Delving into the unique career of a Fire Safety Engineer

We recently sat down with fire safety consultant, Amy Dowie to discuss her career in fire safety engineering. Since her first involvement with fire safety engineering while studying at university, Amy has gone on to manage a range of projects and developments across Australasia. Now an award-winning engineer currently working on her Masters in Fire Protection Engineering, Amy talks about her experience in the industry to date as a professional and as a woman in a sector often overrepresented by men. She pinpoints some of the greatest obstacles in encouraging the next generation of female engineers into the profession and tells us about her next chapter in life as a new mother.

How did you find your way into fire safety engineering?

Mathematics and science have always interested me. I remember my mother once gave me some science books as an Easter present and I was so happy! As I got a bit older a pathway to engineering naturally unfolded for me during high school, and culminated in me studying for my bachelor’s degree in engineering at the Australian National University, where I majored in electrical and biomedical engineering.

I first dipped my toe in the construction industry through a part-time job I had at university. At the time, there was a lot of construction going on at the university, so I got involved in representing students with disabilities and communicated their needs and concerns regarding access to and around the buildings.

I moved into fire safety engineering toward the end of my undergraduate degree after seeing an advertisement for Warringtonfire, the company I now work for, as I thought it sounded quite exciting. I began working part-time and quickly decided once I had graduated, to stay on and pursue a career as a fire safety engineer.

Can you name some of your most rewarding projects?

A project that I’m particularly proud of centred around a large combustible cladding audit. Despite being only 18 months into my career, I managed risk assessments on 106 buildings across 70 sites in just two months, all during the COVID pandemic. It was an intense experience balancing safe working practices on site, as all the data had to be sourced in person.. However, it was a vital process to ensure the buildings, some of which were hospitals and schools, remained safe.

Thanks to this project and the high level of client satisfaction, it helped me win the Young Achiever of the Year Award from the Fire Protection Association of Australia, which I was very grateful to receive.

My latest work involves developing a fire safety plan for an electric vehicle (EV) carpark. This has presented a technical challenge as there isn’t much guidance for the EV industry yet, so we are trying to specify appropriate fire safety systems based on limited research.  

What particular challenges do you see in getting fire safety engineering out there as a possible career option, particularly for women?

A big issue is the lack of awareness of the industry. People don’t know that fire engineering careers exist. Indeed, many of the people I work with in the industry never planned on working in fire safety, even though it’s so fulfilling.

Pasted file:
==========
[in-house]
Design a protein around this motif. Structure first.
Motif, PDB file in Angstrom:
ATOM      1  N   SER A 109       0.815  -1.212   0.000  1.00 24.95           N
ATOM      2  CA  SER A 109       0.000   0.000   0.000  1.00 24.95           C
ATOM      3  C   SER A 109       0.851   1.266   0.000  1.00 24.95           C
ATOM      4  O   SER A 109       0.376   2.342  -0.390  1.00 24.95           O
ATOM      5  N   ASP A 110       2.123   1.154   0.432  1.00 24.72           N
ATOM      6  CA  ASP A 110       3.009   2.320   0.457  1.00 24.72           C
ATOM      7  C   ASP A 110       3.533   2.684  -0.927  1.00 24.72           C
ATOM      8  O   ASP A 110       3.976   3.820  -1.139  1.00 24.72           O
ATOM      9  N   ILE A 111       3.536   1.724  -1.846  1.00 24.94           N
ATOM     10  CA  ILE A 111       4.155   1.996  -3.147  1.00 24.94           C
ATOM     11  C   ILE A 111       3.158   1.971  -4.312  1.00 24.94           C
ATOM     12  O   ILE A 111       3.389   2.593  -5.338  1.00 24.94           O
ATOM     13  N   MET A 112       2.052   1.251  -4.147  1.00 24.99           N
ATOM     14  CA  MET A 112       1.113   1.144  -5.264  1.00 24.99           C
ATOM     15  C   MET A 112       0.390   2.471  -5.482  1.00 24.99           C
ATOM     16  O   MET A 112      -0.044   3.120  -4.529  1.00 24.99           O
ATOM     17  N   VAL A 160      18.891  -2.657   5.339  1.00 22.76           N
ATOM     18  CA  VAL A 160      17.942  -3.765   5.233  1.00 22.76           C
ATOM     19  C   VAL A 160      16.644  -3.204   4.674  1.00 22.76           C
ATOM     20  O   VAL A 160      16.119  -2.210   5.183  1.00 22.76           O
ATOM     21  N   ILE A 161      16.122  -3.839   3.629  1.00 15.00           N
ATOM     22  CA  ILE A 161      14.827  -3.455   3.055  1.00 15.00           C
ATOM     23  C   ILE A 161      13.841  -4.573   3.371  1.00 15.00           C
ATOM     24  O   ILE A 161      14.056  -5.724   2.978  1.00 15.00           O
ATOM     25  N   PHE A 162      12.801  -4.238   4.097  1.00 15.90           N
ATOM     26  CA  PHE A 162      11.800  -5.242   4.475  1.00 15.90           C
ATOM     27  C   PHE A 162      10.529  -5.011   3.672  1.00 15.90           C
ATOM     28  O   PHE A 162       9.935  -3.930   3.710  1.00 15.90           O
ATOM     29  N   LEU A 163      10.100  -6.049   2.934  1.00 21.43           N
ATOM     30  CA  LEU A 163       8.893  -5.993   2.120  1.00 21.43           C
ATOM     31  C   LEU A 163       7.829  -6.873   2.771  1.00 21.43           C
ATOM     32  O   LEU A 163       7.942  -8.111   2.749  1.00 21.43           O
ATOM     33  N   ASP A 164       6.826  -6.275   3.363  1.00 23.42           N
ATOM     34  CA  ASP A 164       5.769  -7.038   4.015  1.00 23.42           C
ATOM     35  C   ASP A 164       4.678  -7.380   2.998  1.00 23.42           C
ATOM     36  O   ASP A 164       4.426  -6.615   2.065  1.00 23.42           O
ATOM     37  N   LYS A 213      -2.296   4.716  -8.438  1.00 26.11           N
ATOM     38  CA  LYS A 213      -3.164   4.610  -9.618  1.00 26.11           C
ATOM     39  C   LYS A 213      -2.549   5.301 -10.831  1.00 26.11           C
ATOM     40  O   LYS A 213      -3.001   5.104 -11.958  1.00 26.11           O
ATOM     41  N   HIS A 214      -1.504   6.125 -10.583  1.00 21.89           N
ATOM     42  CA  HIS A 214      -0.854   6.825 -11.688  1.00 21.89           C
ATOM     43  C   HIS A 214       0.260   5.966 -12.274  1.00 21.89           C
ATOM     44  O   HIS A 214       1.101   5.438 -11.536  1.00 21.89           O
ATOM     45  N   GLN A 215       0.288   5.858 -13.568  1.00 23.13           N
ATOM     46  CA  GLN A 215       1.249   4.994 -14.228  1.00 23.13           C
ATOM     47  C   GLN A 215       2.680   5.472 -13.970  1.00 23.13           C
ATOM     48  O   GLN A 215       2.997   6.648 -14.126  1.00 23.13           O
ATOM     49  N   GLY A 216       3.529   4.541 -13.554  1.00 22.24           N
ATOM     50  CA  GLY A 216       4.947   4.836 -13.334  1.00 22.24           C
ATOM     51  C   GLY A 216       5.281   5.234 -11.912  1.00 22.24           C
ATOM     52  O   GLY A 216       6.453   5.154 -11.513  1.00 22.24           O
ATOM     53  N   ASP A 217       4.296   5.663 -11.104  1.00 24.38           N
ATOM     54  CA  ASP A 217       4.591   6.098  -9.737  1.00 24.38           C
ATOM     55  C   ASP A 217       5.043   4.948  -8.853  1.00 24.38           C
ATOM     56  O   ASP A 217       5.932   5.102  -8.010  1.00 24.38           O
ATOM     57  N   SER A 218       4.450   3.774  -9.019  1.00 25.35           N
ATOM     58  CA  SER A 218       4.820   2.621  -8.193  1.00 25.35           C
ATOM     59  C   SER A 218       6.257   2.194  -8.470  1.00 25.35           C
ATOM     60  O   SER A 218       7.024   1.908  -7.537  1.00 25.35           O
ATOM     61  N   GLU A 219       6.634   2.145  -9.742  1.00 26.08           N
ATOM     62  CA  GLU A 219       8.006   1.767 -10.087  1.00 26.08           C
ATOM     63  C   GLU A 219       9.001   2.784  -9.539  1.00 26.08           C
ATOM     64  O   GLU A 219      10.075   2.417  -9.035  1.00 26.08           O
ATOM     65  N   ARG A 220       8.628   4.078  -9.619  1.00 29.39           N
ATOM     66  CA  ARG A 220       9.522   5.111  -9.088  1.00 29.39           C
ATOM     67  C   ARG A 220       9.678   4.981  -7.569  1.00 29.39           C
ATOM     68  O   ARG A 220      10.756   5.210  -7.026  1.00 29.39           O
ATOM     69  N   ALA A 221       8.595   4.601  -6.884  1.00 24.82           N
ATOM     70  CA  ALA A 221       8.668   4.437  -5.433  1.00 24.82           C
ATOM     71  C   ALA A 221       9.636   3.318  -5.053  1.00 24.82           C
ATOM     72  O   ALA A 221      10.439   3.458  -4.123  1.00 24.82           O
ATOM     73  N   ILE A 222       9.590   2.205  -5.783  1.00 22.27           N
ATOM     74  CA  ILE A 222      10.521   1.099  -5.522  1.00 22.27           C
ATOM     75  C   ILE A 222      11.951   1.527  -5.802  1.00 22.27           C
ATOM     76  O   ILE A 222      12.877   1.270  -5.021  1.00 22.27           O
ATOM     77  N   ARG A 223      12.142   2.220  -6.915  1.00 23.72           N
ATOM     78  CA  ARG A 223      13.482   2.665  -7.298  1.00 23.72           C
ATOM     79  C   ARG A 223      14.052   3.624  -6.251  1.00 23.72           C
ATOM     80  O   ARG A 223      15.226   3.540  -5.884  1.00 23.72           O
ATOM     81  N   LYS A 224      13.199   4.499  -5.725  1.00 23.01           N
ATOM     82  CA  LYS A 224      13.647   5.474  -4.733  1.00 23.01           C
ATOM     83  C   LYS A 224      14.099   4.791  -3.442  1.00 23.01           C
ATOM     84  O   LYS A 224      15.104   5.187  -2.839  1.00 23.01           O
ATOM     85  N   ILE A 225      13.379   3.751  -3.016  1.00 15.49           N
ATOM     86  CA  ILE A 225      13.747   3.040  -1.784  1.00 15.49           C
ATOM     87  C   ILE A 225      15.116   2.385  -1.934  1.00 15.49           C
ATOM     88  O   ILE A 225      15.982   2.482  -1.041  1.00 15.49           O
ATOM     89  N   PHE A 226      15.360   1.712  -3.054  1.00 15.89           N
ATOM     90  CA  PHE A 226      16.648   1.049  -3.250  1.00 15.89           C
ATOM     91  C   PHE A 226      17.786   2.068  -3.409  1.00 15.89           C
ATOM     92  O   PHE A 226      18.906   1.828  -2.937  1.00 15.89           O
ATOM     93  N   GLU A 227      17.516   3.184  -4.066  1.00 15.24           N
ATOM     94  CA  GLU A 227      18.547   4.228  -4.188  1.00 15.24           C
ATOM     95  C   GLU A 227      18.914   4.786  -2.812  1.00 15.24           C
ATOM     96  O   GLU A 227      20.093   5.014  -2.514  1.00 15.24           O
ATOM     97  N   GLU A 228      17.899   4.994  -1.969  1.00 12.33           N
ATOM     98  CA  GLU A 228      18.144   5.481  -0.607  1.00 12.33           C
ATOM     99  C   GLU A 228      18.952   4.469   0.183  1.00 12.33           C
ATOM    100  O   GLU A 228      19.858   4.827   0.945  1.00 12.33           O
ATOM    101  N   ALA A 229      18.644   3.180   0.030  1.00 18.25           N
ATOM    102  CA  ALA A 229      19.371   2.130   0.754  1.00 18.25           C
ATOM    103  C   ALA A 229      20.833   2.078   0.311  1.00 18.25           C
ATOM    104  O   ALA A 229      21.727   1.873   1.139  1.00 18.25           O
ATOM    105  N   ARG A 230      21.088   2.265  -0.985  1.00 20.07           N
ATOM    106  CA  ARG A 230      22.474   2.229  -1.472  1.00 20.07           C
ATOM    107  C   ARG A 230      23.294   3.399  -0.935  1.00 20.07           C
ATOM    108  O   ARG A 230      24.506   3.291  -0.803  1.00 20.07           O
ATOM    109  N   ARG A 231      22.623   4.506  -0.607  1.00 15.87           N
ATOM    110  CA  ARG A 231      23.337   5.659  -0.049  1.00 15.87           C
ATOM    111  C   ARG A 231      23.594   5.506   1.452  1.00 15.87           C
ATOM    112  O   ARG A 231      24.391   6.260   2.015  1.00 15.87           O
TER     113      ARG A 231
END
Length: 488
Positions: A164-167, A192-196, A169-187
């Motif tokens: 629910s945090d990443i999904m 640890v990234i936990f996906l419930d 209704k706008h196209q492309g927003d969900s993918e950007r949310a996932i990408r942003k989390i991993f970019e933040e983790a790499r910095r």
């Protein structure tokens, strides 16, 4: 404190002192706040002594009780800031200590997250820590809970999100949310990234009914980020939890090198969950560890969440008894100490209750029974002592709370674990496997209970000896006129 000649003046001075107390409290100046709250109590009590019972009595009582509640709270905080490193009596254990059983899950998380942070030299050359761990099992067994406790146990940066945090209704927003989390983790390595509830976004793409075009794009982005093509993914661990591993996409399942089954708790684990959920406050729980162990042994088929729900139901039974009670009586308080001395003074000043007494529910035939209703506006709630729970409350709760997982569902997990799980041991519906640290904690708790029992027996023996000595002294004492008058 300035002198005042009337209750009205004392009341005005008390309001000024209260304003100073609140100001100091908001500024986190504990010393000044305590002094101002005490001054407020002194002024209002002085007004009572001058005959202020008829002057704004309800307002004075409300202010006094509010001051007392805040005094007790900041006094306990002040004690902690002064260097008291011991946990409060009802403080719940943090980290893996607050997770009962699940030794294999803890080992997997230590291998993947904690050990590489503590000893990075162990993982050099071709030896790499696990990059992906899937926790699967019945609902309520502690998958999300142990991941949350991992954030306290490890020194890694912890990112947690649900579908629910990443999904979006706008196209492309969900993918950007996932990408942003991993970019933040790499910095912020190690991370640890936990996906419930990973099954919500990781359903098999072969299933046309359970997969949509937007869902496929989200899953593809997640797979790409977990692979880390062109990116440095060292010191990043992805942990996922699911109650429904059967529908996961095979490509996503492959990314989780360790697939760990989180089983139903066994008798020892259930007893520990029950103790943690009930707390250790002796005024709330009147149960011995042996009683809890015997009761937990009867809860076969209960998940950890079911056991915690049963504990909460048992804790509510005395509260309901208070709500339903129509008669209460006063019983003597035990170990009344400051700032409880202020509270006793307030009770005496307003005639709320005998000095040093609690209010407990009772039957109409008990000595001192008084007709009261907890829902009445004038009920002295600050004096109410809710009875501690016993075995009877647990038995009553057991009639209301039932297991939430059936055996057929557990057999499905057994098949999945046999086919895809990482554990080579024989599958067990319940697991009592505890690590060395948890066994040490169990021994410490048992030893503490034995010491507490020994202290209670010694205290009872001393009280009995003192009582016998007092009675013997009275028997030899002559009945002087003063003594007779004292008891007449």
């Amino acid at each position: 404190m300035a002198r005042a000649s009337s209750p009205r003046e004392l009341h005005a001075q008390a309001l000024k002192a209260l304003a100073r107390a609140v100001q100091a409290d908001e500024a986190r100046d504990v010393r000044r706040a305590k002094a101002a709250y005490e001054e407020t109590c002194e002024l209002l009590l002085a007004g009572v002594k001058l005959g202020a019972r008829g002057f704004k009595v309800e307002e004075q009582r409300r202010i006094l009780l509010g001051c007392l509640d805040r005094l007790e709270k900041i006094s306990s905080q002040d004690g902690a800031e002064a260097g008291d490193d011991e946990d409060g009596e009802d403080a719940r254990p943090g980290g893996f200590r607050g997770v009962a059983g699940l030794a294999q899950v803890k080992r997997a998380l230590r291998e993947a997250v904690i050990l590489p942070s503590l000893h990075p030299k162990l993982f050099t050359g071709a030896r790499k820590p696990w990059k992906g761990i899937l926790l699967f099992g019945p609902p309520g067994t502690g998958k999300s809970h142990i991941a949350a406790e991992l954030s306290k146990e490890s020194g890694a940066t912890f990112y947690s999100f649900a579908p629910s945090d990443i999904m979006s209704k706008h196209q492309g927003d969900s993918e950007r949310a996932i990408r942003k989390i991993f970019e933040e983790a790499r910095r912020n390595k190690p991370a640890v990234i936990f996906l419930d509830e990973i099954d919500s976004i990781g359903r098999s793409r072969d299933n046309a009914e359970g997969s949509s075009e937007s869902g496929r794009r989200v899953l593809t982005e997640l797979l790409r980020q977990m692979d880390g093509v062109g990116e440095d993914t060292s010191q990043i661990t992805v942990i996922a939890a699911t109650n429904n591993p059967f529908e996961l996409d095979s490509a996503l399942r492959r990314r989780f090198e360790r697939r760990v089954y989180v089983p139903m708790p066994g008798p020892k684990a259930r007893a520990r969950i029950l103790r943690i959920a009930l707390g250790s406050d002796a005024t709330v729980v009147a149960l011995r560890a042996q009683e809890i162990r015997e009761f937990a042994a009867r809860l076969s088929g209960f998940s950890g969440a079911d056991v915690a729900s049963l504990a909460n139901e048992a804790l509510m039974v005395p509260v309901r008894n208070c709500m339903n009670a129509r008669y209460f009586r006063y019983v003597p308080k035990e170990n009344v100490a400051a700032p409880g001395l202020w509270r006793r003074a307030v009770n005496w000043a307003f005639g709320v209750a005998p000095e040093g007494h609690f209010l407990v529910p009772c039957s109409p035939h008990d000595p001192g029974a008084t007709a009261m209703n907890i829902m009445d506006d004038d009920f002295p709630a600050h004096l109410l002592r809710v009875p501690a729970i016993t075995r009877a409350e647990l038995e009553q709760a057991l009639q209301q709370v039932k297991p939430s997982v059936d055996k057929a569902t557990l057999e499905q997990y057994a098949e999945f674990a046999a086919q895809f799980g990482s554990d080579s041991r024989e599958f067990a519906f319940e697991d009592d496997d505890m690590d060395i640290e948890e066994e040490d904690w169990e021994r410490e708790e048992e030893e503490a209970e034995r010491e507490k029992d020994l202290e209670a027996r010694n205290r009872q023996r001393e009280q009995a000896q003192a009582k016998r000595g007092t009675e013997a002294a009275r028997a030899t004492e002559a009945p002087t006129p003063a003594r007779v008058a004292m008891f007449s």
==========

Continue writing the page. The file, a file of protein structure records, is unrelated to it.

Equally, there aren’t a wide range of courses available devoted to fire safety engineering, especially at university level, so that makes it difficult for future engineers to access this career, and for it to be shared. This means there is a whole host of young female engineers that can potentially get overlooked.

However, to encourage more students into fire safety engineering, Warringtonfire attends university career days to create greater awareness of the industry.

What has your own experience been like as a woman in the industry, and what does your future hold?

While an even gender split is the aim for many industries, in construction the target is closer to 25% female representation. For perspective, currently in Australia and New Zealand, this split stands at around 13% and 19% respectively. Although challenging, this is something that is important to me.

In my early days as an engineer, often I’d be the only woman in stakeholder consultation meetings. On top of that, I’d find that I was the youngest, so I initially found it daunting to have to assert myself in such an environment. However, in my experience, it makes such a difference when you are not the only woman in the room. This is why proactively pushing for greater female representation is so important to me. For example, I joined the National Association of Women in Construction (NAWIC). Through the association, I’ve contributed to organising many different events and supporting the local community.

Certainly, things are going in the right direction, and you can definitely feel the cultural shift taking place. It’s a bit slower in this industry, but I’m optimistic. I want people to know that there are multiple ways of being an engineer, regardless of gender..

As for me? I’ll hopefully have completed my masters by the end of next year and by the time this interview comes out, I’ll also be figuring out life as a new mother and working out when I’ll be returning to work. It’s an aspect of inclusivity I hadn’t really considered before finding myself in the position I am in now. Fortunately, Warringtonfire provides generous maternity support, which gives me peace of mind and allows me to think about how and when I’ll return. I’ll be staying in touch with all things on fire safety and there are still a few work social opportunities that I’ve got to look forward to while I’m off.

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